Good negotiation and good public speaking are very similar in a lot of ways. And it’s probably easiest to describe dramatic pause by relating it to good public speaking. Ever seen Barack Obama speak? Barack Obama is a master of the dramatic pause. I don’t care what you think about him or his policies, but that man knows how to create dramatic effect in a speech. He controls his speeches with incredible ease and draws his audience in to every word he is saying. When you pause in a speech you cause the audience to lean in, listen and you create anticipation for the next thing you’re about to say. The same thing is true in negotiation.
Using the dramatic pause in negotiation creates a few unique opportunities:
It Creates Connection
The pause isn’t just blank space where sound is meant to be, it’s a skill/tool. And when you use the skill/tool well, you create space for the other party to emotionally and intellectually connect with what you are saying. And as much as many would like to have you believe, the use of emotion in a negotiation is powerful. You know hen someone leans in and is waiting for your next line to land, you control the discussion.
It Forces You to Slow Down
The other great thing about implementing the dramatic pause in your negotiations is that it forces you to slow down and to reflect on what you’re saying and what you’re about to say. So many of us get nervous in negotiations and as a result our speech pattern speeds up and we fly through things that we should be taking our time on. Well, the dramatic pause helps you to combat that and forces you to slow the conversation down. And if you can slow the conversation down, you can control the pace of the discussion.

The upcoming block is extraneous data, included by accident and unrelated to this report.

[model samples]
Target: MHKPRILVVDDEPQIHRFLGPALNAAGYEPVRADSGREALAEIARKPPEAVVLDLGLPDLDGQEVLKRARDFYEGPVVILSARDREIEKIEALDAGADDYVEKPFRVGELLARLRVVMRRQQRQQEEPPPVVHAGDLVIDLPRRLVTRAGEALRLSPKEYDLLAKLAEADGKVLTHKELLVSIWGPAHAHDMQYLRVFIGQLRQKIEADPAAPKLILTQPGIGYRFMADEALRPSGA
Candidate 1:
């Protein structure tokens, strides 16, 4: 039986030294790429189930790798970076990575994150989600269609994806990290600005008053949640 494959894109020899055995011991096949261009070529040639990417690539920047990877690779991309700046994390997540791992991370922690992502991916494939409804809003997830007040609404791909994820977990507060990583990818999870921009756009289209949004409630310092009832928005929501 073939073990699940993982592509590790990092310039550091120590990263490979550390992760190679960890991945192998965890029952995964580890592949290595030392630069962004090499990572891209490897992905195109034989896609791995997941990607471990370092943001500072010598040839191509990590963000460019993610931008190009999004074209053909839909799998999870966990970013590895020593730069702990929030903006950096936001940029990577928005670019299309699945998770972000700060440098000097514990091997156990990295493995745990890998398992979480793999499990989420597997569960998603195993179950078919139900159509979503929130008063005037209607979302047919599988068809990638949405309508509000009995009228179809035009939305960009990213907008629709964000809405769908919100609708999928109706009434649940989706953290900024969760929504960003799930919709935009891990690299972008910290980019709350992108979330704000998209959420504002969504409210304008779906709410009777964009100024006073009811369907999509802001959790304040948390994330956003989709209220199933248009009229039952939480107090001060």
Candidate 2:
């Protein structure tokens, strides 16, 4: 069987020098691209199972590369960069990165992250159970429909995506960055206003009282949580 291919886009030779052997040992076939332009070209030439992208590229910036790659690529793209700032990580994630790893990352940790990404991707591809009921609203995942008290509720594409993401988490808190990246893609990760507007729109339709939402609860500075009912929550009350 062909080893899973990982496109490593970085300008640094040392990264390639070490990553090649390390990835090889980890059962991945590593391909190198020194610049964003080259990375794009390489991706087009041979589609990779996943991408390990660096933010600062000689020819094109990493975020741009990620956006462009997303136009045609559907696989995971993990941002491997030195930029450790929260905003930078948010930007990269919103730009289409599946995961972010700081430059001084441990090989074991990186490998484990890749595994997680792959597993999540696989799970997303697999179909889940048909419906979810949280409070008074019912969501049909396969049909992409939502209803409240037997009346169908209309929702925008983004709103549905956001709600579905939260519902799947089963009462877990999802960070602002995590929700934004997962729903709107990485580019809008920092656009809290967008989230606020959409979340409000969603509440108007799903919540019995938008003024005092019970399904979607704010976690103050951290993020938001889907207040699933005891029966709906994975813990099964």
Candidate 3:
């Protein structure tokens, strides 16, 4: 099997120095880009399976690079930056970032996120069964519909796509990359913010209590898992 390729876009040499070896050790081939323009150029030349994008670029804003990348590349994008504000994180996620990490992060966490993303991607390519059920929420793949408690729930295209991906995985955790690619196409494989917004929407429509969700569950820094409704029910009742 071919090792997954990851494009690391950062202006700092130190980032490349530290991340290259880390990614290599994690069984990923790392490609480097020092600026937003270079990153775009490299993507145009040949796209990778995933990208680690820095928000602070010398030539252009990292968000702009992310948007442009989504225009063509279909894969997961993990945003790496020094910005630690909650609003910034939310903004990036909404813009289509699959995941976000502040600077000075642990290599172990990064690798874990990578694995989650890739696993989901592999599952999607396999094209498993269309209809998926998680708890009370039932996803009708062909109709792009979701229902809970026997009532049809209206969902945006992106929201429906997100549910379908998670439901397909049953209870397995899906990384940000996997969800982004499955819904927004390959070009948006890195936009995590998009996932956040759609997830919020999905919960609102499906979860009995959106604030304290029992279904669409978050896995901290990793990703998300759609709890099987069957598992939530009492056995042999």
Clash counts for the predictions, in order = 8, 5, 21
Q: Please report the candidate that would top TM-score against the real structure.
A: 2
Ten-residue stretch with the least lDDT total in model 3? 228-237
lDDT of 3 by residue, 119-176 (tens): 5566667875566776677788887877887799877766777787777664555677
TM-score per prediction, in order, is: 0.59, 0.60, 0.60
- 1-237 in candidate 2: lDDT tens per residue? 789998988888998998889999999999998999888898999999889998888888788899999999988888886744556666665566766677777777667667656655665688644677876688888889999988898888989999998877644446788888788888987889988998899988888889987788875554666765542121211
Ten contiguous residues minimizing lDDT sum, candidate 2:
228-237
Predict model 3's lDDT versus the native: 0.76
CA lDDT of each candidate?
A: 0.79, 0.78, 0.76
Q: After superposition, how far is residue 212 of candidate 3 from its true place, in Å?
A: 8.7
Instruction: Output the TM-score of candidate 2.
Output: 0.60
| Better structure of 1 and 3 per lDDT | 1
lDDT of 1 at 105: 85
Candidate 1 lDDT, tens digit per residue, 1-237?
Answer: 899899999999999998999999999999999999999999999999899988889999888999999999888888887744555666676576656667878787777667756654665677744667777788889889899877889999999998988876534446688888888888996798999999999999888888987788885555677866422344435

It Creates the Perception of Confidence
As I always say, perception is everything in negotiation! If the other party perceives confidence, the likelihood of you being more successful in a negotiation is significantly higher than if you’re viewed as unsure. Sales people and procurement people alike pounce on weakness. They’re like jackals writing for the weak deer in the herd to reveal itself. And when the deer does, they pounce. Whether you agree with this or not doesn’t mean that it’s not true. Dramatic pause in negotiation forces you to slow down and maintain control of your speech pattern. That control comes off as confidence. That confidence leads to a higher probability of success.
Dramatic pause in negotiation can elicit incredible results, not the least of which are the creation of connection, forcing you to slow down and the creation of the perception of confidence. But for me, I just love how cool it looks when you can pull it off well.